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Guy Travels 3,000 Kilometers Eating Only from Dumpsters to Protest Against Food Waste

Baptiste Dubanchet, from the city of Tours, in central France, is protesting against the wastage of food by only eating the stuff that people throw away. 25-year-old Baptiste is an environmentalist with a master’s degree in sustainable development. He is currently cycling 3,000 miles from Paris to Warsaw, and, throughout the arduous journey, he’s only consuming food from dumpsters, discarded by supermarkets, restaurants and bakeries.

The idea for the project came to Baptiste when he visited Colombia, South East Asia, and Tahiti; the extreme poverty in these regions had a huge impact on him. “I was rich in poor countries, I was sad these people were so poor,” he said. “These people have no choice, they did not choose to be poor, so I decided to do something to show how much good food we waste.” Incidentally, his mission coincides with the European Year against Food Waste, led by The European Parliament.

As a part of the challenge that began on April 15, Baptiste cycles at least 60 kilometers a day, passing through various cities and towns in Europe. So far, he has made stops in Luxembourg, Belgium, the Netherlands, the Czech Republic, and Germany. In Germany alone, he has been to Düsseldorf, Frankfurt, Nuremberg, Berlin, and Cologne. He estimates that he should reach his final destination, Warsaw, in about two weeks time.

Baptiste-Dubanchet

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Guy Eats Out of Dumpsters for a Week to Highlight Food Waste

Rob Greenfield, a 27-year-old adventurer from San Diego, took up a unique cause. He wanted to create awareness about the large amounts of food wasted in the U.S, so he decided to travel the country and eat out dumpsters for a week.

It’s surprising, the kind of food Greenfield gets from the trash. His refrigerator is filled with fresh fruits, vegetables and bagels worth $200. And he hasn’t paid a penny for any of it. All he does is ‘dumpster dive’ behind grocery stores, which means he shuffles through the food discarded by store workers. “Some people call it nasty,” he says. “It’s just a matter of perspective.”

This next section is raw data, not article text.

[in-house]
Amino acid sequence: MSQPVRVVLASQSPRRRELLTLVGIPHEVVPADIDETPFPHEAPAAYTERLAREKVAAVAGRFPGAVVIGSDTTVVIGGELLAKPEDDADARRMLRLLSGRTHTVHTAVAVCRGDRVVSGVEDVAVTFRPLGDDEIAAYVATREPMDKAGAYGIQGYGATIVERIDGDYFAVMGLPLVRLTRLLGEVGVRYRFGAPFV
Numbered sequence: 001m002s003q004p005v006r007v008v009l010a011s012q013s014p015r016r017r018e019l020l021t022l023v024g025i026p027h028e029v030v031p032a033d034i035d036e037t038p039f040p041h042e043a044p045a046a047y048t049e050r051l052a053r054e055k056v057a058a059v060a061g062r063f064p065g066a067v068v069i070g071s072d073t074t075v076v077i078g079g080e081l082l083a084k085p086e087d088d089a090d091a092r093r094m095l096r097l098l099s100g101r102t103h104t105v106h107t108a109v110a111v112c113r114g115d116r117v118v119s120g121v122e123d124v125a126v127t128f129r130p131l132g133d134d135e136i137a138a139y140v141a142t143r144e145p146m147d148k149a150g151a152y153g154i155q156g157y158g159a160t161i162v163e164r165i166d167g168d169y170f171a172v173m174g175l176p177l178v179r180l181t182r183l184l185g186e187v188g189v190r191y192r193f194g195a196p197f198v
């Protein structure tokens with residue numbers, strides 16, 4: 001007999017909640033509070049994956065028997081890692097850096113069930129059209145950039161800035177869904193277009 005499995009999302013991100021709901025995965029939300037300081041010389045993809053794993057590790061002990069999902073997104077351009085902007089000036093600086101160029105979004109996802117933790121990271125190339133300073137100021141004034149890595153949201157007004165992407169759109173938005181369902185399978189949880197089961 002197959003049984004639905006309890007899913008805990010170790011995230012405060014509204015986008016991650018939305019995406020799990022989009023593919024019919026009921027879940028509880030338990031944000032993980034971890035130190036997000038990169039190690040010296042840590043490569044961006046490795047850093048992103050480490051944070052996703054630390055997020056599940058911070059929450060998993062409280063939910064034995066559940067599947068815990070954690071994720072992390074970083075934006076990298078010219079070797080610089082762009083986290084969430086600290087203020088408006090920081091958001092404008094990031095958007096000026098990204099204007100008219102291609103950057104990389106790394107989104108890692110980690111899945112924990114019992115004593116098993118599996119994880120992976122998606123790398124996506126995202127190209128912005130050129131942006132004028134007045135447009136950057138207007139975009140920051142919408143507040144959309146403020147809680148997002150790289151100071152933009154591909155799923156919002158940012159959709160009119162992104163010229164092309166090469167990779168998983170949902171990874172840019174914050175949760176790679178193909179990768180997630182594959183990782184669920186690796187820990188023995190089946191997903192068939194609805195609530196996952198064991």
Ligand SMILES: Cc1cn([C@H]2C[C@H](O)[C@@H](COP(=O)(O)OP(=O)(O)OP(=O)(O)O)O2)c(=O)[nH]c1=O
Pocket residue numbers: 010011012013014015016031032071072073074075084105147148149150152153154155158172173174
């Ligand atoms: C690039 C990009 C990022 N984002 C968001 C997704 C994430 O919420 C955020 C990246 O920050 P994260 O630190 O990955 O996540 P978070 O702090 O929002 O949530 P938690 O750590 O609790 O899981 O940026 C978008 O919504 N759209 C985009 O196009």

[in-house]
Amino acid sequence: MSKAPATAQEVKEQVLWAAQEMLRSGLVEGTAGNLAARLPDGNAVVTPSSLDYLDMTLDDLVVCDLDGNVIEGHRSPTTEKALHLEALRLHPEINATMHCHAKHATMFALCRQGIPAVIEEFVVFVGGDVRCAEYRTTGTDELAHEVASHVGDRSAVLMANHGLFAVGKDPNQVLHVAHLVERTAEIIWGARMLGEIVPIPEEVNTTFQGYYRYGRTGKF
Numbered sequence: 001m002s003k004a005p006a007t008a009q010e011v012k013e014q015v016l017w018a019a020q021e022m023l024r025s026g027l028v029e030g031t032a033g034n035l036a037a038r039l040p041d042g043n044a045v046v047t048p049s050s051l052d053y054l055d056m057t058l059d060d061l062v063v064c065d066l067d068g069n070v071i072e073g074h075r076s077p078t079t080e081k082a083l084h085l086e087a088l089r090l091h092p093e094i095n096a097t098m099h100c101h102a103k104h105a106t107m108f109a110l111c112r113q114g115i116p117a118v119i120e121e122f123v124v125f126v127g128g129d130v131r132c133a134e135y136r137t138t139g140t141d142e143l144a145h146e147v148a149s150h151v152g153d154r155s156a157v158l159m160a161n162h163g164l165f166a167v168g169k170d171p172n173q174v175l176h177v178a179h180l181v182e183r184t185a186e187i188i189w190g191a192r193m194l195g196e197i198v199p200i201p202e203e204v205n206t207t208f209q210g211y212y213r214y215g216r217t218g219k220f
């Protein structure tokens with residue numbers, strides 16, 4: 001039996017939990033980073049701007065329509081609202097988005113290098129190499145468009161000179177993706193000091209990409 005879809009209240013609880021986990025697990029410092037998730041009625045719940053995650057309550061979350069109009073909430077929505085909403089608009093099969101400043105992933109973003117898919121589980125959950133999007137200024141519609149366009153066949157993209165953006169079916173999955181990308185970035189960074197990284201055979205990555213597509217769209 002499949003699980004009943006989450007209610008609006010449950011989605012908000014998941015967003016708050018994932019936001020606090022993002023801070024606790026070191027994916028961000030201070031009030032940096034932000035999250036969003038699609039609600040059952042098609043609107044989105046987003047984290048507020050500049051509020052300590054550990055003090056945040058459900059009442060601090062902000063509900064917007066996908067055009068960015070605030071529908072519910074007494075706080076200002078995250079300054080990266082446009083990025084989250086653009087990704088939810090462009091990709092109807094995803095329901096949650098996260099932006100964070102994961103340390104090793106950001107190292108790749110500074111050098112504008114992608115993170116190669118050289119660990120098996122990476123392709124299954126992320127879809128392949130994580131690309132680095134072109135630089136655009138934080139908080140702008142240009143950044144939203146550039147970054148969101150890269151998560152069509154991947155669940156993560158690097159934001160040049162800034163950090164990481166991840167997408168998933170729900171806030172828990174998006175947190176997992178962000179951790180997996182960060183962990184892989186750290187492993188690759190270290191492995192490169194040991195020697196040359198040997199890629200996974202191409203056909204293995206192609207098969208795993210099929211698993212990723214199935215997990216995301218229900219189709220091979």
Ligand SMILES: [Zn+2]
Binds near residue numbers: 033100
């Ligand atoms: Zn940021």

Greenfield has taken dumpster-eating to a whole new level. He created 21 Gourmet Dumpster Meals to showcase “the flaws in the American food system and inspire people to be part of the solution.” Surprisingly, Greenfield does not encourage people to follow him and eat from dumpsters. “I don’t recommend dumpster living to anybody. I recommend taking proper care not to put food in the dumpsters in the first place.”

dumpster-diving

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Meet the German Family Who Lives without (Almost) Any Money

29-year-old Rafael Fellmer and his family lead a very frugal lifestyle, one that requires them to spend almost no money at all. They get their food from organic supermarket dumpsters, “pay” their rent by doing all kinds of chores around the house and use a barter system to get the things they need. They only use money when they absolutely don’t have any other choice.

Rafael Fellmer was born in a good German family. His father is a successful architect and his mother an art therapist. He himself graduated in European Studies, in Hague, so there’s no question he could have gotten a good job, if he so wanted. But a few years back, Rafael realized there were things in this world much more important than money. He started gradually reducing his expenditures by doing things that didn’t require him paying anything. The economic crisis, the global food and water shortage, climate change, they all inspired him to live a frugal lifestyle, and made him realize that giving up money is a sure way to a more stable world order. Although there are those who consider him a “deadbeat” for not getting a proper job and providing for his family from supermarket dumpsters, Rafael Fellmer commands a lot of respect from those who share his views, and he is considered the leader of the life-without-money movement that is gaining a lot of popularity in Germany.

Rafael-Fellmer

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College Girl Saves Grocery Money by Digging through Trash

23-year-old Ashley Fields is just one of the thousands of New Yorkers who discovered dumpster-diving for food can really help them save serious cash. Ashley’s not homeless or poor, she’s just doing it because it’s easy.

Fields, a theater-major from Saint Louis, is still in school but also has a theater job that pays between $500 and $600 per week, so the money she saves by eating trash-can food really comes in handy. And she doesn’t even have to get her hands dirty since most of the left-over still packaged food is separated from the rest of the trash, in plastic bags. So while other people pay serious cash for an expensive Starbucks salad, Fields gets the same thing, only leftover, for free. Stores like Trader Joe’s and Whole Foods simply can’t sell their food if it’s left over at the end of the day, so they throw it out, even if it’s not spoiled. A lot of these products have a three-day expiration date, so Ashley knows she can just take anything home and feast on it of fill her fridge. “You never know what’s going to be in these bags on any given night,” Fields says, “like tonight, I found a bunch of great, healthy breakfast sandwiches. They’re totally fine.”

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